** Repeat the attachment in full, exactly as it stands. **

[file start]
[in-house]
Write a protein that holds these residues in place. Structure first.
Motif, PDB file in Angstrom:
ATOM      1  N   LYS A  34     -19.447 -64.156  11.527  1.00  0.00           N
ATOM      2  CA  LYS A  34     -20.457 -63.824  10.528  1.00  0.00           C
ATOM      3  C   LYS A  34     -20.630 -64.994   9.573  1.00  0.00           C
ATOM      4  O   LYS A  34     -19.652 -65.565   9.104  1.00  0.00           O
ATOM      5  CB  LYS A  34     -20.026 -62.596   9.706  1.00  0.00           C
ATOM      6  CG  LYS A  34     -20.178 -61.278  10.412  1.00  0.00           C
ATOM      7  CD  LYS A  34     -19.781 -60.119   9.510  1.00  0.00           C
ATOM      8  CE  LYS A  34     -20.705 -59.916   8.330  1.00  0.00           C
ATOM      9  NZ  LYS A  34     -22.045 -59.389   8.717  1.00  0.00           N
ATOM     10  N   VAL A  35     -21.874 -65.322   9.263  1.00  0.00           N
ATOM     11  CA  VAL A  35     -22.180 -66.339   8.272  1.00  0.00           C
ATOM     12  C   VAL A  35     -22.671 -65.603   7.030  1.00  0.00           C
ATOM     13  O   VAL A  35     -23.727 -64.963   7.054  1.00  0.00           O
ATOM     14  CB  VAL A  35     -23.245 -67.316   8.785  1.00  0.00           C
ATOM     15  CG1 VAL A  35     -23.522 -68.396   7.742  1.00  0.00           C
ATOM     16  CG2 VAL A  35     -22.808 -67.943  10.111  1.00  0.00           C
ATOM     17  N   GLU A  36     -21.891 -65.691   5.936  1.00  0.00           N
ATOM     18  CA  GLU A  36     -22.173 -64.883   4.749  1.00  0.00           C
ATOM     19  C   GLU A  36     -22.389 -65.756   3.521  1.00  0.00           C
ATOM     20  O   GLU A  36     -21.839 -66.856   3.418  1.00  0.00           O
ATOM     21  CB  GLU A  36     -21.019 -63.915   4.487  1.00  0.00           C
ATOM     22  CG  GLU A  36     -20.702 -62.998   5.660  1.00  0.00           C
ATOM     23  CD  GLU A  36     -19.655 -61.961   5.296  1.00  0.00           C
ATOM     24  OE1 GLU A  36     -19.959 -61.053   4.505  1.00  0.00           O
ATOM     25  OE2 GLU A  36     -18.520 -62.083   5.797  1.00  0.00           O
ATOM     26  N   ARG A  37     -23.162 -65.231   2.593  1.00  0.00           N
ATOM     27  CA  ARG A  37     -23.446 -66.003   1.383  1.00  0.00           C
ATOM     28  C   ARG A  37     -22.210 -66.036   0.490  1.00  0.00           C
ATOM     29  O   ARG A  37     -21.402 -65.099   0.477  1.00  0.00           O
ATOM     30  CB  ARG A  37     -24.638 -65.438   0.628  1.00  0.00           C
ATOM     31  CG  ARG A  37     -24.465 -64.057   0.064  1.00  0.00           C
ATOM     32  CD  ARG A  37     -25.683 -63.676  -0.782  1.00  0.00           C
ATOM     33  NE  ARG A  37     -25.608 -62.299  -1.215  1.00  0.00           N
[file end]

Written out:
[in-house]
Write a protein that holds these residues in place. Structure first.
Motif, PDB file in Angstrom:
ATOM      1  N   LYS A  34     -19.447 -64.156  11.527  1.00  0.00           N
ATOM      2  CA  LYS A  34     -20.457 -63.824  10.528  1.00  0.00           C
ATOM      3  C   LYS A  34     -20.630 -64.994   9.573  1.00  0.00           C
ATOM      4  O   LYS A  34     -19.652 -65.565   9.104  1.00  0.00           O
ATOM      5  CB  LYS A  34     -20.026 -62.596   9.706  1.00  0.00           C
ATOM      6  CG  LYS A  34     -20.178 -61.278  10.412  1.00  0.00           C
ATOM      7  CD  LYS A  34     -19.781 -60.119   9.510  1.00  0.00           C
ATOM      8  CE  LYS A  34     -20.705 -59.916   8.330  1.00  0.00           C
ATOM      9  NZ  LYS A  34     -22.045 -59.389   8.717  1.00  0.00           N
ATOM     10  N   VAL A  35     -21.874 -65.322   9.263  1.00  0.00           N
ATOM     11  CA  VAL A  35     -22.180 -66.339   8.272  1.00  0.00           C
ATOM     12  C   VAL A  35     -22.671 -65.603   7.030  1.00  0.00           C
ATOM     13  O   VAL A  35     -23.727 -64.963   7.054  1.00  0.00           O
ATOM     14  CB  VAL A  35     -23.245 -67.316   8.785  1.00  0.00           C
ATOM     15  CG1 VAL A  35     -23.522 -68.396   7.742  1.00  0.00           C
ATOM     16  CG2 VAL A  35     -22.808 -67.943  10.111  1.00  0.00           C
ATOM     17  N   GLU A  36     -21.891 -65.691   5.936  1.00  0.00           N
ATOM     18  CA  GLU A  36     -22.173 -64.883   4.749  1.00  0.00           C
ATOM     19  C   GLU A  36     -22.389 -65.756   3.521  1.00  0.00           C
ATOM     20  O   GLU A  36     -21.839 -66.856   3.418  1.00  0.00           O
ATOM     21  CB  GLU A  36     -21.019 -63.915   4.487  1.00  0.00           C
ATOM     22  CG  GLU A  36     -20.702 -62.998   5.660  1.00  0.00           C
ATOM     23  CD  GLU A  36     -19.655 -61.961   5.296  1.00  0.00           C
ATOM     24  OE1 GLU A  36     -19.959 -61.053   4.505  1.00  0.00           O
ATOM     25  OE2 GLU A  36     -18.520 -62.083   5.797  1.00  0.00           O
ATOM     26  N   ARG A  37     -23.162 -65.231   2.593  1.00  0.00           N
ATOM     27  CA  ARG A  37     -23.446 -66.003   1.383  1.00  0.00           C
ATOM     28  C   ARG A  37     -22.210 -66.036   0.490  1.00  0.00           C
ATOM     29  O   ARG A  37     -21.402 -65.099   0.477  1.00  0.00           O
ATOM     30  CB  ARG A  37     -24.638 -65.438   0.628  1.00  0.00           C
ATOM     31  CG  ARG A  37     -24.465 -64.057   0.064  1.00  0.00           C
ATOM     32  CD  ARG A  37     -25.683 -63.676  -0.782  1.00  0.00           C
ATOM     33  NE  ARG A  37     -25.608 -62.299  -1.215  1.00  0.00           N